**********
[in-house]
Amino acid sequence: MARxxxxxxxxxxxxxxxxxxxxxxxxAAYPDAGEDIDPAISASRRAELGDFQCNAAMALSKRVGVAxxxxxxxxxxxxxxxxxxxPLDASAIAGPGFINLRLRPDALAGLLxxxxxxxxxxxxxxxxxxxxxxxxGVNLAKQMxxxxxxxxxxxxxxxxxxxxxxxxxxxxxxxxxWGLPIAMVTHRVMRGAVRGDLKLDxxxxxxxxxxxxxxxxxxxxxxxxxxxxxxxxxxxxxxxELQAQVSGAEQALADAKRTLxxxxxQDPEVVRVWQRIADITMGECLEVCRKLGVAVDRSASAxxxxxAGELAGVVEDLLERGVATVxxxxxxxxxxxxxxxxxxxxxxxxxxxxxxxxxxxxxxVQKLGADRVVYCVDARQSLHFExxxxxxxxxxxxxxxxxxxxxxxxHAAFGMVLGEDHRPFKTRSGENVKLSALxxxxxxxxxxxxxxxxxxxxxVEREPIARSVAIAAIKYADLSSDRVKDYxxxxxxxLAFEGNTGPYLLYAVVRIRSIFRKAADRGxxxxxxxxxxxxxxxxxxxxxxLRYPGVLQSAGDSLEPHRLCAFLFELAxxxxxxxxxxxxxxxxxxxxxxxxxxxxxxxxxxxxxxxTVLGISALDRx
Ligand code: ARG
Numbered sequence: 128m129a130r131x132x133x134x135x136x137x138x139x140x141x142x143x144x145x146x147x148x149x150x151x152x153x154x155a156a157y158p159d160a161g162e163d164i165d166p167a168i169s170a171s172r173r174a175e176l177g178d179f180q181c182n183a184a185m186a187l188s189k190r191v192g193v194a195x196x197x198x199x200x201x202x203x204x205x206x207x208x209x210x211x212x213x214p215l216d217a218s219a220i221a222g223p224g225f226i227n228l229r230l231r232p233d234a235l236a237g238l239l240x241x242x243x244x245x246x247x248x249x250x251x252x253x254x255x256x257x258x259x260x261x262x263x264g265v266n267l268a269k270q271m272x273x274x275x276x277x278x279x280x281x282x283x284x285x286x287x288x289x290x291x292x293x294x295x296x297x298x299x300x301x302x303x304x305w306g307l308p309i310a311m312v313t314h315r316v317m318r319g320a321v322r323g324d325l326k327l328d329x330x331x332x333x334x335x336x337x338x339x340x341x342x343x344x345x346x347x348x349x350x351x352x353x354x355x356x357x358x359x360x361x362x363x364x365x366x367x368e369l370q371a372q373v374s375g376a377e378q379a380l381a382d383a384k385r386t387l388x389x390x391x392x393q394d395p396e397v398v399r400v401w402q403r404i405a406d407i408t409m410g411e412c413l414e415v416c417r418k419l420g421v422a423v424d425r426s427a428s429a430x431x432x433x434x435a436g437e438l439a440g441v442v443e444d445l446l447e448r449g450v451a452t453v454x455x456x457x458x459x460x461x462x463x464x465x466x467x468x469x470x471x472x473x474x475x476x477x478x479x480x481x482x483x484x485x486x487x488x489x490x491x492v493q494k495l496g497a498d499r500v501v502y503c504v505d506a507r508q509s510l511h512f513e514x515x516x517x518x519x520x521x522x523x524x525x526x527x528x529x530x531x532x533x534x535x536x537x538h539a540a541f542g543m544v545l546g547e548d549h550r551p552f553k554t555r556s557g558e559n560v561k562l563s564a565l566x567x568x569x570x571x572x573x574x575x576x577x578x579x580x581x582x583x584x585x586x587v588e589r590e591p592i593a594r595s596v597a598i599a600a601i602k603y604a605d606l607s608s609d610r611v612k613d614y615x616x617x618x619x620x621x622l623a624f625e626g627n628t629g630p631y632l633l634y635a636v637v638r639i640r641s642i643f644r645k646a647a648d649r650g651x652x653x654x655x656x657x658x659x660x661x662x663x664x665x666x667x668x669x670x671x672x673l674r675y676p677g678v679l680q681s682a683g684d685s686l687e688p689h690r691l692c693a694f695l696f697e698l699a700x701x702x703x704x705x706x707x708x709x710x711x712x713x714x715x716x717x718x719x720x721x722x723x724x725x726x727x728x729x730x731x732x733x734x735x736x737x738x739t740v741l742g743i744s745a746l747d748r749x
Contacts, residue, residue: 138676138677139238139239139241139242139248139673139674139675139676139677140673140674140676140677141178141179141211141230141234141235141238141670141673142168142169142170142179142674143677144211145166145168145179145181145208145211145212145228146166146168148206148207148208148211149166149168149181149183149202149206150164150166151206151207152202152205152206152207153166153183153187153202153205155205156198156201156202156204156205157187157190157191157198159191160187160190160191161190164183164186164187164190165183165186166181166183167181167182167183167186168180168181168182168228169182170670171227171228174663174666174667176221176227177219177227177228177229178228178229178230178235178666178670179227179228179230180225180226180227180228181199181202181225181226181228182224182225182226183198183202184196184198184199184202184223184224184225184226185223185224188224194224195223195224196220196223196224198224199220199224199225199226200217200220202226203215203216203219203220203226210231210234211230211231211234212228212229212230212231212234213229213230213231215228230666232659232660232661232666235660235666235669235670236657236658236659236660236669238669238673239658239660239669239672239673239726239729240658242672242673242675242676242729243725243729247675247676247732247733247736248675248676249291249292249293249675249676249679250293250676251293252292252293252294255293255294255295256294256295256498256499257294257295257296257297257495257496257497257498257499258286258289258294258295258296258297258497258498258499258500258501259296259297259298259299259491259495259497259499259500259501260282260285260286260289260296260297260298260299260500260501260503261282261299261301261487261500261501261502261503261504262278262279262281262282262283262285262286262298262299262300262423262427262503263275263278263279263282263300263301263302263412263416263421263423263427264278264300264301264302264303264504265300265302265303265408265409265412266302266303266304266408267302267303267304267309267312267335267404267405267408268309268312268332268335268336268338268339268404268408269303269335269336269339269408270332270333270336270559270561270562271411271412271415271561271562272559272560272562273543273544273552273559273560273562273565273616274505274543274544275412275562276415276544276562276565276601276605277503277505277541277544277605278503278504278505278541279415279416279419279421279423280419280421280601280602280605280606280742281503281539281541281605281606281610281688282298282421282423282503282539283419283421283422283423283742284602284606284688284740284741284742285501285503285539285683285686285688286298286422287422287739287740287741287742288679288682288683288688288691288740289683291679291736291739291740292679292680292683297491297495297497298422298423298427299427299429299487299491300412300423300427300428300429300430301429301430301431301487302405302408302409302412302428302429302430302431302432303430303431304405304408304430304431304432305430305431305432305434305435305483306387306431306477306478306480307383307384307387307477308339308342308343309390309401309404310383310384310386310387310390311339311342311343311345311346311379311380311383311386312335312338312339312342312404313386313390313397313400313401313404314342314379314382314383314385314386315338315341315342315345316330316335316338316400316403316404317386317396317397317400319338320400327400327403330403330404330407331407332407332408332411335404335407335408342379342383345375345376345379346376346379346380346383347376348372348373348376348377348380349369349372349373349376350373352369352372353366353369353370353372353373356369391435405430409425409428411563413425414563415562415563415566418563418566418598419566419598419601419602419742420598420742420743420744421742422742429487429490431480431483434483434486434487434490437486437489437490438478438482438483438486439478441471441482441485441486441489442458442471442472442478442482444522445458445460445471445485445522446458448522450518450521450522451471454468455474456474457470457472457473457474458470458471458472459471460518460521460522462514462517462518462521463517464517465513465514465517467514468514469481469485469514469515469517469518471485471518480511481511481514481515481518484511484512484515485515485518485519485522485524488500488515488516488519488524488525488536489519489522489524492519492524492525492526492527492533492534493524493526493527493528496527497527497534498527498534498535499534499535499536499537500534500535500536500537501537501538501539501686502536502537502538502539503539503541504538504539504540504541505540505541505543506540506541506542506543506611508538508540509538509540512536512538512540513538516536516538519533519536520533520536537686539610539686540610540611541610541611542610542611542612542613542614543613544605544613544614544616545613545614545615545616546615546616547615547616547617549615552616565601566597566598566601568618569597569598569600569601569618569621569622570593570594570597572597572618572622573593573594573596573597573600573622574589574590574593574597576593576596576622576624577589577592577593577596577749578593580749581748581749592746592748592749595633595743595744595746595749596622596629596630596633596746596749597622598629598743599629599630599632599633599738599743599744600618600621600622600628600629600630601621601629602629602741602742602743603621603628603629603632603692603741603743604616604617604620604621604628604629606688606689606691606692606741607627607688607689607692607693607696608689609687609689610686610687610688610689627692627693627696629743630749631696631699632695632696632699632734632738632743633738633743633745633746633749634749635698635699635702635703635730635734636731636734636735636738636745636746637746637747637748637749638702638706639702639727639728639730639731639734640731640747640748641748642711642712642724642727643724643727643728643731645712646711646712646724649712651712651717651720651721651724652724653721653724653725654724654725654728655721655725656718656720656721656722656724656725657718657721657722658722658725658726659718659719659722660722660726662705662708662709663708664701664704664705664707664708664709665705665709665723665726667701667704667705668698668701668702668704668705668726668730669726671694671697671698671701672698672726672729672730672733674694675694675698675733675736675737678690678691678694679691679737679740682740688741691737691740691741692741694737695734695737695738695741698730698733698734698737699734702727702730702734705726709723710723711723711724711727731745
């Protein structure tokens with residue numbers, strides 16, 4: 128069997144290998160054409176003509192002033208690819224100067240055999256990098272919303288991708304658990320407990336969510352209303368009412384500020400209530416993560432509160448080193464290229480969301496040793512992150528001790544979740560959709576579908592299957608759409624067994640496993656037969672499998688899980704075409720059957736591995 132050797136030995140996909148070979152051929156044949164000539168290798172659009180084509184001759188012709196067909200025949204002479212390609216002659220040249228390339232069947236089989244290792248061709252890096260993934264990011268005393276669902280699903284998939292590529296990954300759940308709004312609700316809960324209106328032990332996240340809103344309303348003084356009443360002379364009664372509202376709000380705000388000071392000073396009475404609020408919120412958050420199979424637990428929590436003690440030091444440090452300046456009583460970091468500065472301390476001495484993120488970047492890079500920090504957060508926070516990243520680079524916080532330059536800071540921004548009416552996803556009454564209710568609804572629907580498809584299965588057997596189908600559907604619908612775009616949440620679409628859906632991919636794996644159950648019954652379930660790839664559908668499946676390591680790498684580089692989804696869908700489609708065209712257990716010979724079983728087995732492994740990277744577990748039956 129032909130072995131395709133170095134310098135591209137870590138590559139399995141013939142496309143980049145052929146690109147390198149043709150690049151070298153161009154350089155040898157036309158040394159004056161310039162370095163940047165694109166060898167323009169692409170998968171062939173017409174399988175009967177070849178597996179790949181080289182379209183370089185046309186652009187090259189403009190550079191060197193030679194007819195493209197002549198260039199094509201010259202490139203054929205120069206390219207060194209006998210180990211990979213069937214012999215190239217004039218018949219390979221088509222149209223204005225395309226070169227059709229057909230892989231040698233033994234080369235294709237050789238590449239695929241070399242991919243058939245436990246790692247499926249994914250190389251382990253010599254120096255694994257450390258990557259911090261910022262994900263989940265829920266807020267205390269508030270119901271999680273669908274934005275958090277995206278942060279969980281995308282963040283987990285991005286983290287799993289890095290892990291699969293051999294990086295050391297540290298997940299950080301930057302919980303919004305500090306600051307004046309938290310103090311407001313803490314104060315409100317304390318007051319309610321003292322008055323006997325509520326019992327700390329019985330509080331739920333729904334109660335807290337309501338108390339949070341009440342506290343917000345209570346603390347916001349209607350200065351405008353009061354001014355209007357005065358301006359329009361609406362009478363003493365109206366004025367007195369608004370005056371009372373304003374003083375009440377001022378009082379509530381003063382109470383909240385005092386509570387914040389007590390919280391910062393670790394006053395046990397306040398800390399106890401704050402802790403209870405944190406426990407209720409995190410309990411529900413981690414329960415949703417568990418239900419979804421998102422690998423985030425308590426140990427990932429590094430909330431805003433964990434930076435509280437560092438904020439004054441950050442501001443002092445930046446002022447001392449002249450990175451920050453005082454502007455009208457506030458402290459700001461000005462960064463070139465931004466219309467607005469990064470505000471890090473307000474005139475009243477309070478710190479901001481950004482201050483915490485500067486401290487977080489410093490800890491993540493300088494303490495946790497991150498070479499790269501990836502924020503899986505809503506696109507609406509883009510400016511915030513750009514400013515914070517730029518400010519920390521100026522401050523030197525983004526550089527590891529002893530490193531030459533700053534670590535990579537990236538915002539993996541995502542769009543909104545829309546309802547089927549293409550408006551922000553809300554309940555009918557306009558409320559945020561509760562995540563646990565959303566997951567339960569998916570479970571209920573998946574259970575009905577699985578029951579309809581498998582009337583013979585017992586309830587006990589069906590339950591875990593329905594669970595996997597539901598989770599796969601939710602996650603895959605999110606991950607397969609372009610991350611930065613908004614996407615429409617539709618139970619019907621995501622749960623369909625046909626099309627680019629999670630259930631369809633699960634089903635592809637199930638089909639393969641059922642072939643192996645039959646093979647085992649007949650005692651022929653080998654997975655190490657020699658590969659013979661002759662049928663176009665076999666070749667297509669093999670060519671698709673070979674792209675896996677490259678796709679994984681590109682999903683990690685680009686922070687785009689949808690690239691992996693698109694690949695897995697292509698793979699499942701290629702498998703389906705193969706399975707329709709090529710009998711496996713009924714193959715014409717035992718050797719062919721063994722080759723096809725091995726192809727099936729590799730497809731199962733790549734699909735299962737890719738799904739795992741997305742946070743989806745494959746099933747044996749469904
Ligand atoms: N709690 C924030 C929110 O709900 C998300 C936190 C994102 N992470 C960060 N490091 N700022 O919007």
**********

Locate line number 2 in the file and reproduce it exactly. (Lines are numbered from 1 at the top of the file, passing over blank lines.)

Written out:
Amino acid sequence: MARxxxxxxxxxxxxxxxxxxxxxxxxAAYPDAGEDIDPAISASRRAELGDFQCNAAMALSKRVGVAxxxxxxxxxxxxxxxxxxxPLDASAIAGPGFINLRLRPDALAGLLxxxxxxxxxxxxxxxxxxxxxxxxGVNLAKQMxxxxxxxxxxxxxxxxxxxxxxxxxxxxxxxxxWGLPIAMVTHRVMRGAVRGDLKLDxxxxxxxxxxxxxxxxxxxxxxxxxxxxxxxxxxxxxxxELQAQVSGAEQALADAKRTLxxxxxQDPEVVRVWQRIADITMGECLEVCRKLGVAVDRSASAxxxxxAGELAGVVEDLLERGVATVxxxxxxxxxxxxxxxxxxxxxxxxxxxxxxxxxxxxxxVQKLGADRVVYCVDARQSLHFExxxxxxxxxxxxxxxxxxxxxxxxHAAFGMVLGEDHRPFKTRSGENVKLSALxxxxxxxxxxxxxxxxxxxxxVEREPIARSVAIAAIKYADLSSDRVKDYxxxxxxxLAFEGNTGPYLLYAVVRIRSIFRKAADRGxxxxxxxxxxxxxxxxxxxxxxLRYPGVLQSAGDSLEPHRLCAFLFELAxxxxxxxxxxxxxxxxxxxxxxxxxxxxxxxxxxxxxxxTVLGISALDRx